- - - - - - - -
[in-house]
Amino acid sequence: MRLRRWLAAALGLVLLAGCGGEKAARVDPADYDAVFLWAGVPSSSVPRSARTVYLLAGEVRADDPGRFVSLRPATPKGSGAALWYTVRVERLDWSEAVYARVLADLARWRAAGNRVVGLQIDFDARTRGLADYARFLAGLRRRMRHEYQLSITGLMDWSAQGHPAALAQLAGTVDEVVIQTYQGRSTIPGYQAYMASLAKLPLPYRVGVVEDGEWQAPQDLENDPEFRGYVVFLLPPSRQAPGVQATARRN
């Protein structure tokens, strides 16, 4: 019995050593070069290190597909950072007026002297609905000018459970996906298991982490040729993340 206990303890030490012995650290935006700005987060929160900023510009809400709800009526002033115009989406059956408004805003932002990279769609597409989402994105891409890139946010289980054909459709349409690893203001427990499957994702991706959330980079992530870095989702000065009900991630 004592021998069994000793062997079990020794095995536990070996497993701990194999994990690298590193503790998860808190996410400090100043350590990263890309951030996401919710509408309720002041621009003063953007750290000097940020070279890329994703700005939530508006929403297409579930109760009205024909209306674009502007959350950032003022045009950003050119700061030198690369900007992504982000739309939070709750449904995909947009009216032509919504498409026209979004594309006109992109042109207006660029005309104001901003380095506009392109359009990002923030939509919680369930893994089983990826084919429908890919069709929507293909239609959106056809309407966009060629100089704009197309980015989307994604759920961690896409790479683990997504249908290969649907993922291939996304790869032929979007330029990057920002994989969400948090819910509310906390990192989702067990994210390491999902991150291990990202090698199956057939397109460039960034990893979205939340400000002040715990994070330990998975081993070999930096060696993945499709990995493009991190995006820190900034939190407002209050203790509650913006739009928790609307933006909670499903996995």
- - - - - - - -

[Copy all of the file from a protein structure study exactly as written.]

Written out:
[in-house]
Amino acid sequence: MRLRRWLAAALGLVLLAGCGGEKAARVDPADYDAVFLWAGVPSSSVPRSARTVYLLAGEVRADDPGRFVSLRPATPKGSGAALWYTVRVERLDWSEAVYARVLADLARWRAAGNRVVGLQIDFDARTRGLADYARFLAGLRRRMRHEYQLSITGLMDWSAQGHPAALAQLAGTVDEVVIQTYQGRSTIPGYQAYMASLAKLPLPYRVGVVEDGEWQAPQDLENDPEFRGYVVFLLPPSRQAPGVQATARRN
């Protein structure tokens, strides 16, 4: 019995050593070069290190597909950072007026002297609905000018459970996906298991982490040729993340 206990303890030490012995650290935006700005987060929160900023510009809400709800009526002033115009989406059956408004805003932002990279769609597409989402994105891409890139946010289980054909459709349409690893203001427990499957994702991706959330980079992530870095989702000065009900991630 004592021998069994000793062997079990020794095995536990070996497993701990194999994990690298590193503790998860808190996410400090100043350590990263890309951030996401919710509408309720002041621009003063953007750290000097940020070279890329994703700005939530508006929403297409579930109760009205024909209306674009502007959350950032003022045009950003050119700061030198690369900007992504982000739309939070709750449904995909947009009216032509919504498409026209979004594309006109992109042109207006660029005309104001901003380095506009392109359009990002923030939509919680369930893994089983990826084919429908890919069709929507293909239609959106056809309407966009060629100089704009197309980015989307994604759920961690896409790479683990997504249908290969649907993922291939996304790869032929979007330029990057920002994989969400948090819910509310906390990192989702067990994210390491999902991150291990990202090698199956057939397109460039960034990893979205939340400000002040715990994070330990998975081993070999930096060696993945499709990995493009991190995006820190900034939190407002209050203790509650913006739009928790609307933006909670499903996995």